The requirement of a trade mark to not be descriptive of the goods or services it represents is also a problem for name trade mark proprietors when it comes to enforcement. For example, a copyright owner of a video of Wayne Rooney, called ‘Wayne Rooney’s greatest goals’ could use ‘Wayne Rooney’ in the title as it will be descriptive of what was on the DVD. It would not be an indication that Wayne Rooney has produced or authorised the video.
The recent case of Rihanna’s passing off claim against Topshop highlights that the most effective tool for enforcing a sports person’s image rights may be the tort of passing off.
There are three essential elements required for a successful claim for passing off:
- A goodwill or reputation attached to the relevant goods or services.
- A misrepresentation by the third party to the public which causes, or is likely to cause, confusion that the goods or services are offered by the third party.
- Damage has been caused, or is likely to be caused, to the claimant as a result of the third party misrepresentation. Successful passing off actions have already been seen in sport.
In the case of Irvine v TalkSPORT Ltd, the Formula 1 racing car driver, Eddie Irvine, was successful in arguing that a radio station, by manipulating a photograph of him and making it look like he had endorsed the radio show, was guilty of passing off. It was held that there was nothing in law to prevent a case of passing off being made out in a false endorsement case.
The recent Court of Appeal case involving Rihanna’s passing off claim against Topshop confirmed that the courts are willing to accept claims for passing off when there is unauthorised use of a celebrity’s image. Here, an independent third party photographer, who owned the copyright in a photograph of Rihanna, licensed use of the photograph to Topshop. The fashion retailer then incorporated the image onto one of its garments.
Rihanna and her corporate licensing vehicles issued proceedings against Topshop for passing off and claimed that, whatever the copyright position may be in relation to the photograph, the use of Rihanna’s image on the t-shirt was not authorised. Whilst the court confirmed the basic principle of English law that there is no ‘image right’, it was held that a party may not represent that its goods or services originate from another to the extent that damage is caused to the goodwill / reputation of the Claimant, in this case the damage being the loss of the licence fee which Topshop would have had to pay to Rihanna.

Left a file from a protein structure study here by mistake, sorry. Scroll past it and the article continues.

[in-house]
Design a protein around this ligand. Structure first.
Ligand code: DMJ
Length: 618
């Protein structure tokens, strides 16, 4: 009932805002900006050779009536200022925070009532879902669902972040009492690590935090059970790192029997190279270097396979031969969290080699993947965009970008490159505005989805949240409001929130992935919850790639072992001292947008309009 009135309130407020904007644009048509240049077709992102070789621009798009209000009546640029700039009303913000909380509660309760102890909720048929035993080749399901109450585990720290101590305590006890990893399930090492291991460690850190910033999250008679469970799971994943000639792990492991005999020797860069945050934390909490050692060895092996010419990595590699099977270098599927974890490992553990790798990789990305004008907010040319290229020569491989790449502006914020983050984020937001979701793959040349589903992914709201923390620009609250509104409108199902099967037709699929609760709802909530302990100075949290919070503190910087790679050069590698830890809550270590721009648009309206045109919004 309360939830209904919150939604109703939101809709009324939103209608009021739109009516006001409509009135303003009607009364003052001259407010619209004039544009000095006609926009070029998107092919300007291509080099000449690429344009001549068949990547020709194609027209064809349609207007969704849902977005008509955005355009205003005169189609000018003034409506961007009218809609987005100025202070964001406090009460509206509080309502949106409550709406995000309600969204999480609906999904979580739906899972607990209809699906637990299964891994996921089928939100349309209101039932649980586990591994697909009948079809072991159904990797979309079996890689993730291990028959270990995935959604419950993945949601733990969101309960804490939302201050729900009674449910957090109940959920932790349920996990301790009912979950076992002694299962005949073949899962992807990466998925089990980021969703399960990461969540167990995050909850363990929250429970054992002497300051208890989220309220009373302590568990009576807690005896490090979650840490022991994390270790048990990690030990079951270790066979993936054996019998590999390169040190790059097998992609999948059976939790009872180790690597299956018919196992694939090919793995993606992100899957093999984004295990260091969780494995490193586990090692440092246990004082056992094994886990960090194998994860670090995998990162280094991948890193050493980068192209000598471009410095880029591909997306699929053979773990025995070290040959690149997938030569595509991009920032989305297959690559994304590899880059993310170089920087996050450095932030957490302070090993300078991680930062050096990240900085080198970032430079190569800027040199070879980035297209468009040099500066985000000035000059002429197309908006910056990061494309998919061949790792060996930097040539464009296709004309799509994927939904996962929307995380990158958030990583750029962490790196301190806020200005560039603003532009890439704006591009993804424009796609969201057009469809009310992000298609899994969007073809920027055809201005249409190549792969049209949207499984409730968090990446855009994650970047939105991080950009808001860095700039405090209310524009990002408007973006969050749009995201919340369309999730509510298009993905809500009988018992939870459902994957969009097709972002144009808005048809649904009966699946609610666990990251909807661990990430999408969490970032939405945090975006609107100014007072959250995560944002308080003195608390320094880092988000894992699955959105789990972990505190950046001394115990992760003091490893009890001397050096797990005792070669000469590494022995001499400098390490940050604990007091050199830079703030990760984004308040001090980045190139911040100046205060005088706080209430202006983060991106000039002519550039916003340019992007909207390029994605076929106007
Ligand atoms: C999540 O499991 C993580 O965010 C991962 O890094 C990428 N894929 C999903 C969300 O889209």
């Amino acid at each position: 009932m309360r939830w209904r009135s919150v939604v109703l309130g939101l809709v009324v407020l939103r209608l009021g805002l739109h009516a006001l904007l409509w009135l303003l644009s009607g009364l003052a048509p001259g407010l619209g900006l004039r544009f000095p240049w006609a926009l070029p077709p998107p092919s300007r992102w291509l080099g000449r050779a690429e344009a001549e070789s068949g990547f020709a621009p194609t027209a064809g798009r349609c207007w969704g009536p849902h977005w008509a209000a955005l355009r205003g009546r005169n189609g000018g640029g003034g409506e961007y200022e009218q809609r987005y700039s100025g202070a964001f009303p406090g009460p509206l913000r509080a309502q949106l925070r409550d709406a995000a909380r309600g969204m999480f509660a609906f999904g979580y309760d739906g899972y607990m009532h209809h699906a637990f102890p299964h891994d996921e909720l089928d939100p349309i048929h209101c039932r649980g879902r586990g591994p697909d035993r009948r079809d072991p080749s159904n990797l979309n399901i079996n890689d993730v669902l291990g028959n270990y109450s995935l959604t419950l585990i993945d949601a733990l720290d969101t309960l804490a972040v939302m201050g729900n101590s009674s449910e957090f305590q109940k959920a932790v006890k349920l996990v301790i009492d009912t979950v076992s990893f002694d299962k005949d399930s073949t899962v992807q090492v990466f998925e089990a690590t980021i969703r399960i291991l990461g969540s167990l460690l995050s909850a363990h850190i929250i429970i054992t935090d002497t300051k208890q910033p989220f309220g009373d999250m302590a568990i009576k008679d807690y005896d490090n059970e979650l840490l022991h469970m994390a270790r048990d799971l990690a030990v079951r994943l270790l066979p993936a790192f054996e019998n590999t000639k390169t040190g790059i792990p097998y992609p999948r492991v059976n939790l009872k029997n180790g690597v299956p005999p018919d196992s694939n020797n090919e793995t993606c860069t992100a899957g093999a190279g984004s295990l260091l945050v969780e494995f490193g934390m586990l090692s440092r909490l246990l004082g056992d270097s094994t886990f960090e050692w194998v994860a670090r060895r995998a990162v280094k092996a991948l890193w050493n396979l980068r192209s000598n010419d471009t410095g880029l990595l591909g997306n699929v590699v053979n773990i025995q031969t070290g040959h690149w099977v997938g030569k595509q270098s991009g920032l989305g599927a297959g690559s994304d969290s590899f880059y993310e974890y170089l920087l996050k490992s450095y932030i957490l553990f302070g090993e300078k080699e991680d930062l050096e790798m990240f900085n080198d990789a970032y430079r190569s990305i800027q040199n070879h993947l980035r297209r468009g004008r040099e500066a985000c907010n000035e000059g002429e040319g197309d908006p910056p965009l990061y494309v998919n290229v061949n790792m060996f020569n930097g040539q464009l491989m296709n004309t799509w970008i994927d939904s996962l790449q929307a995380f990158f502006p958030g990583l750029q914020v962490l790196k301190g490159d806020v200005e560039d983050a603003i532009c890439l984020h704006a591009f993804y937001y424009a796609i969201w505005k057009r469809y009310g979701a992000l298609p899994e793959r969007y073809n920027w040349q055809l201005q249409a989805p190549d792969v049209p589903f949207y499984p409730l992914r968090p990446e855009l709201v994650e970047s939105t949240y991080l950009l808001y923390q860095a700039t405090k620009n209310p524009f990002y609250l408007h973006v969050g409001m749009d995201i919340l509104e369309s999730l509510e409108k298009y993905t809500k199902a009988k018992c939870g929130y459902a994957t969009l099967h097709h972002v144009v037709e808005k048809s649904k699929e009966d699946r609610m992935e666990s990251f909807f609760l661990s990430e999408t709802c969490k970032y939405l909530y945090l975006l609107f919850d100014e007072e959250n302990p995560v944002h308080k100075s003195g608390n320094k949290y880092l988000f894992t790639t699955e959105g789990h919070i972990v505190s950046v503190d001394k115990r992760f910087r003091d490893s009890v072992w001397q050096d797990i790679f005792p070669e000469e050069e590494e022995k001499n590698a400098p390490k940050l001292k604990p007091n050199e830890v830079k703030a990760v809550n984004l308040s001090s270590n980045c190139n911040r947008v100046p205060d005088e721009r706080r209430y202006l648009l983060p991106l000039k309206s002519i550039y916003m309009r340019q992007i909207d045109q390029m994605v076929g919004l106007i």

At first blush, this case may represent a significant win for those who advocate the need for an ‘image right’, but the Court of Appeal stated:
- Simply because the name or image of a celebrity appears upon a product, doesn’t mean the public will automatically assume that it has been endorsed by them.
- Passing off does not exist to prevent fair competition.
- This case was “close to the borderline,” had it not been for the specific facts i.e. her past association and the distinctiveness of the image, her case would not have succeeded. Whilst this case won’t necessarily lead to a deluge of claims by sports people for passing off, it is an area that will continue to be tested and sports people should adopt a commercial and pragmatic approach to their brand management.
Summary and practical tips for trade mark registration
If possible, it is extremely beneficial for a sports person to trade mark their name with a view to protecting their reputation, brand and commercial value. To ensure that sports people give themselves the best possible chance of being able to secure trade mark registration of their name, and to protect their brand.
The sports sector is a unique marketplace. In this highly pressurised and fast paced environment, the right decisions can positively influence a career, enhance an appearance in the public eye, or protect commercial or private interests. If you have any questions about trade marks or any other issue relating to sports law, please do get in touch.This information is intended as a general discussion surrounding the topics covered and is for guidance purposes only. It does not constitute legal advice and should not be regarded as a substitute for taking legal advice. DWF is not responsible for any activity undertaken based on this information.